The Office on Ex-Offender Affairs (OEOA) provides services, resources, and information to formerly incarcerated Washington, D.C. residents trying to reintegrate into the community. To accomplish this, OEOA provides advocacy, planning, and counseling for these individuals to increase their ability to contribute to the social, political, and economic development of themselves, their families, and the community.
Office of Victims Services (OVS) is responsible for coordinating and supporting victim services within the District by working with D.C. government agencies and community-based organizations to develop, expand, and improve services provided to victims of violent crime. OVS also provides information and recommendations to the mayor regarding victims’ needs and the best practices for meeting those needs. OVS Research and Reports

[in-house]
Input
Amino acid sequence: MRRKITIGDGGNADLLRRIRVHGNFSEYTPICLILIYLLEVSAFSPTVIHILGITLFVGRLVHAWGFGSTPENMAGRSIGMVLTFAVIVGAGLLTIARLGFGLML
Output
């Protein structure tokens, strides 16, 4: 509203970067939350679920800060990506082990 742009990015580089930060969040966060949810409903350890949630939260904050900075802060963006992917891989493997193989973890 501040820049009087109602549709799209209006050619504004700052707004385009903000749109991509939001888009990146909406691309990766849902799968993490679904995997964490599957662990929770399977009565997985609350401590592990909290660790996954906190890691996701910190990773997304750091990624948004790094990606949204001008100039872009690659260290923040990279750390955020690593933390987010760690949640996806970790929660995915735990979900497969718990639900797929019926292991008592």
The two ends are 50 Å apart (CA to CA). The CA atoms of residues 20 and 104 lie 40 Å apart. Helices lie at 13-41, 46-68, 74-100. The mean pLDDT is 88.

Within the judicial branch of government, the Superior Court of the District of Columbia handles all trial matters, including civil, criminal, family court, probate, tax, landlord-tenant, small claims, and traffic local to the District of Columbia. The Superior Court consists of a chief judge and 62 trial judges. The court is assisted by 25 magistrate judges as well as retired judges who have been recommended and approved as senior judges. It is located within the judicial branch of government, and all Superior Court judges are nominated to the president of the United States for appointment by the Judicial Nomination Committee (JNC). The JNC, an independent agency, also appoints the chief judge of the Superior Court, a position currently held by Chief Judge Lee F. Satterfield. Superior Court Research and Reports